Their headline is a bit misleading. These tests will have jet engines on one side and H2 power cells running the other side. If all goes well, then they move into 100% H2 powered planes.
Canary Media headline: ZeroAvia’s hydrogen-powered test plane is nearly ready for takeoff
Subheadline: The California startup will fly its 19-seat prototype in the U.K. and U.S. this summer as the aviation industry searches for zero-emissions fuels.
22 June 2022
Airports worldwide are swarming with travelers paying sky-high fares for jampacked flights this summer. Far away from those chaotic hubs, however, is a small airfield in the English village of Kemble. At a single working runway surrounded by farms and grazing sheep, aviation experts are preparing to launch a different kind of trip, one that’s powered partly by hydrogen.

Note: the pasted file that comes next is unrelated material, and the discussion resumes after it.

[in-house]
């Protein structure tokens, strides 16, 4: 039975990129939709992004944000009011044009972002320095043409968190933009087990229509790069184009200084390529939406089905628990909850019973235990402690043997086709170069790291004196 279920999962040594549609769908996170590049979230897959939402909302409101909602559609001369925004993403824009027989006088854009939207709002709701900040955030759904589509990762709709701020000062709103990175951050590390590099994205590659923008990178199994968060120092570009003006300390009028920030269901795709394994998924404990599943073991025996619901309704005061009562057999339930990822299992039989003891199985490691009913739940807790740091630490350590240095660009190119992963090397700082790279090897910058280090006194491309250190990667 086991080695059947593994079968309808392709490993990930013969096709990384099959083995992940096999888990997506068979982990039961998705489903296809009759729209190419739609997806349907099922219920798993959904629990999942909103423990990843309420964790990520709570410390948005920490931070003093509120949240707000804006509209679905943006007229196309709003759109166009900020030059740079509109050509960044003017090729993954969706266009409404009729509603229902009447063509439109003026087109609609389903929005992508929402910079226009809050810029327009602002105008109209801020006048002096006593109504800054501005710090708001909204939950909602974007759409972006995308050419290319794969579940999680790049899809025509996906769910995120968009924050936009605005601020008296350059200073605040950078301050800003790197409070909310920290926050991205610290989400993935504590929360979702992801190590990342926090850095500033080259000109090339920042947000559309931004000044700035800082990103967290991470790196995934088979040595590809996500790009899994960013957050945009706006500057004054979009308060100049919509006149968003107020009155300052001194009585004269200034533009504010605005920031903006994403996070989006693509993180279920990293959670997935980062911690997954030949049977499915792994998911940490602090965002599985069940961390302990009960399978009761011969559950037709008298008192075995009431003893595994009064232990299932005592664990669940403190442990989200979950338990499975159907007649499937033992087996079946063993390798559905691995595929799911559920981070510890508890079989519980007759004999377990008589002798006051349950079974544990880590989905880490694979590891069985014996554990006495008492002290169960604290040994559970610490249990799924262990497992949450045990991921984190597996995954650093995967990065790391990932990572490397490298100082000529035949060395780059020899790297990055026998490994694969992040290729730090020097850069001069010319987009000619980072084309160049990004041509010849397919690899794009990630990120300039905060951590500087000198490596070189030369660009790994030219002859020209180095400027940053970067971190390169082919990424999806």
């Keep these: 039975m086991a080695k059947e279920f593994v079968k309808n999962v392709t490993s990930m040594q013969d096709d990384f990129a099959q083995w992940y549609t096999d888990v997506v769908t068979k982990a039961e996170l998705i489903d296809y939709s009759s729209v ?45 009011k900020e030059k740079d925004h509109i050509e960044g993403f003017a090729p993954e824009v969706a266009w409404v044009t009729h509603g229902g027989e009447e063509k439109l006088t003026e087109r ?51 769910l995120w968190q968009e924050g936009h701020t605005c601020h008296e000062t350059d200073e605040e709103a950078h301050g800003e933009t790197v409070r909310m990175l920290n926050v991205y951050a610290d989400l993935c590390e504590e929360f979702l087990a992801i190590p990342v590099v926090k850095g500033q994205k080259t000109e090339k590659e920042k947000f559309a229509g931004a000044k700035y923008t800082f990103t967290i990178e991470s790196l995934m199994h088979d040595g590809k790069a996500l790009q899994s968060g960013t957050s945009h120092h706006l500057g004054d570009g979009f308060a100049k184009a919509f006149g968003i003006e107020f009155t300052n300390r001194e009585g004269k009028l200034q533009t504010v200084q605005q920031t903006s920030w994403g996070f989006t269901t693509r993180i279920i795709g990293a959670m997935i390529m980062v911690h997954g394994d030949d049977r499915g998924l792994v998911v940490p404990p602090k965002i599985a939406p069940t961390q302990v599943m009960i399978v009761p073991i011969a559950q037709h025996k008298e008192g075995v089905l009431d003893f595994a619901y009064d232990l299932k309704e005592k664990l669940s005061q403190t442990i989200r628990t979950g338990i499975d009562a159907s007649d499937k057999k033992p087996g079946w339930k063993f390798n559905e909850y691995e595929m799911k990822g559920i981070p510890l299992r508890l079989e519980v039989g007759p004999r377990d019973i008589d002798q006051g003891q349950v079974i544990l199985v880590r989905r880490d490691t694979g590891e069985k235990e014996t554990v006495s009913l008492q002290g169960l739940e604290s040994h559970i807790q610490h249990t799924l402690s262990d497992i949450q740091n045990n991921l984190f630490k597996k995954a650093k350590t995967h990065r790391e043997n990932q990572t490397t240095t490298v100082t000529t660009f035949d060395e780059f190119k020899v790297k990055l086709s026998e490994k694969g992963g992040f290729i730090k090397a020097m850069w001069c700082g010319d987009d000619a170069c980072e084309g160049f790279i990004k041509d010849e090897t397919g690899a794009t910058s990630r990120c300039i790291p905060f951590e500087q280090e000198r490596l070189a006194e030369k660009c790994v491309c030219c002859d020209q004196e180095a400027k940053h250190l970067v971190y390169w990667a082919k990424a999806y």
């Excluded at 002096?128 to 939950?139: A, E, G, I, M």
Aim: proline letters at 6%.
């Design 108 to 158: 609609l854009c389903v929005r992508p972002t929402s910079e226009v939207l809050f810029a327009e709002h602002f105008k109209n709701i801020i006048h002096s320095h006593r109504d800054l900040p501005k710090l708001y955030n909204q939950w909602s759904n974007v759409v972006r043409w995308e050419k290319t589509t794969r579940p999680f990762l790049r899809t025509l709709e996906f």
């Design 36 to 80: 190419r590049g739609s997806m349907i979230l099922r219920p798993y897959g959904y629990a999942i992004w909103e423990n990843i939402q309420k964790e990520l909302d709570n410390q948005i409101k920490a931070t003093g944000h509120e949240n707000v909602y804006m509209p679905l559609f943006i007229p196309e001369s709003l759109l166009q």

The startup ZeroAvia is planning to flight-test a 19-seat aircraft equipped with hydrogen fuel cells in mid-July at the Cotswold Airport in Kemble, the company says. A second test-bed plane will take flight in the coming months near ZeroAvia’s headquarters in Hollister, California. The two dual-engine aircraft will use fuel cells — which convert hydrogen into electricity to drive propellers — and batteries on one side, while the other side will use a conventional jet engine.
If all goes smoothly, the demonstrations could play a key early role in advancing hydrogen as an alternative to highly polluting, oil-based jet fuel. So far, hydrogen has only been tested a handful of times in tiny, single-digit-passenger prototype models. Yet major aviation companies are increasingly considering the carbonless fuel as a long-term solution for cleaning up the notoriously hard-to-decarbonize industry.